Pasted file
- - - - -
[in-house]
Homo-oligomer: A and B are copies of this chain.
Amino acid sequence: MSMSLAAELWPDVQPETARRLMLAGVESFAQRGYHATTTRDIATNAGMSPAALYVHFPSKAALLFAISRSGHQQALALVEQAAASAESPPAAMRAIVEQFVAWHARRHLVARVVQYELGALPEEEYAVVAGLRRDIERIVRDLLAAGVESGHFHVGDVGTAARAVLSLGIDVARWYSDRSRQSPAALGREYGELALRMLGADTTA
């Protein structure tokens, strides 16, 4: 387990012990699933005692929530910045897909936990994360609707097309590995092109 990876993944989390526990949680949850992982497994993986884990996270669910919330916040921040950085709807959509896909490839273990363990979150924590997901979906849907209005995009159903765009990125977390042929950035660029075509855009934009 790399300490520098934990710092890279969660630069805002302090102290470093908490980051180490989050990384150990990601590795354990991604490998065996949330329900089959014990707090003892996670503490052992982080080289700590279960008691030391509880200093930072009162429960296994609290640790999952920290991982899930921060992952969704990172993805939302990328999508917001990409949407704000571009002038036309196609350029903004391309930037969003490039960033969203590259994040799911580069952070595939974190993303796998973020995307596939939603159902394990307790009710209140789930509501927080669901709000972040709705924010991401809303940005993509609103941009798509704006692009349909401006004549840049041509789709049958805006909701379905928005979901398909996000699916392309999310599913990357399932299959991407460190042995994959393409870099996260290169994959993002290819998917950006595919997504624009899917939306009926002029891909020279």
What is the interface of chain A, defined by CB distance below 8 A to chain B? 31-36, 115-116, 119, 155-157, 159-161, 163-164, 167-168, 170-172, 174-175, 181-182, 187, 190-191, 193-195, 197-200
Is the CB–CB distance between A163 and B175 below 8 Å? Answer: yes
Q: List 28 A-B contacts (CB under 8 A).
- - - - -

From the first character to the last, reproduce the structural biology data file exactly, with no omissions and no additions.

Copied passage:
[in-house]
Homo-oligomer: A and B are copies of this chain.
Amino acid sequence: MSMSLAAELWPDVQPETARRLMLAGVESFAQRGYHATTTRDIATNAGMSPAALYVHFPSKAALLFAISRSGHQQALALVEQAAASAESPPAAMRAIVEQFVAWHARRHLVARVVQYELGALPEEEYAVVAGLRRDIERIVRDLLAAGVESGHFHVGDVGTAARAVLSLGIDVARWYSDRSRQSPAALGREYGELALRMLGADTTA
């Protein structure tokens, strides 16, 4: 387990012990699933005692929530910045897909936990994360609707097309590995092109 990876993944989390526990949680949850992982497994993986884990996270669910919330916040921040950085709807959509896909490839273990363990979150924590997901979906849907209005995009159903765009990125977390042929950035660029075509855009934009 790399300490520098934990710092890279969660630069805002302090102290470093908490980051180490989050990384150990990601590795354990991604490998065996949330329900089959014990707090003892996670503490052992982080080289700590279960008691030391509880200093930072009162429960296994609290640790999952920290991982899930921060992952969704990172993805939302990328999508917001990409949407704000571009002038036309196609350029903004391309930037969003490039960033969203590259994040799911580069952070595939974190993303796998973020995307596939939603159902394990307790009710209140789930509501927080669901709000972040709705924010991401809303940005993509609103941009798509704006692009349909401006004549840049041509789709049958805006909701379905928005979901398909996000699916392309999310599913990357399932299959991407460190042995994959393409870099996260290169994959993002290819998917950006595919997504624009899917939306009926002029891909020279």
What is the interface of chain A, defined by CB distance below 8 A to chain B? 31-36, 115-116, 119, 155-157, 159-161, 163-164, 167-168, 170-172, 174-175, 181-182, 187, 190-191, 193-195, 197-200
Is the CB–CB distance between A163 and B175 below 8 Å? Answer: yes
Q: List 28 A-B contacts (CB under 8 A).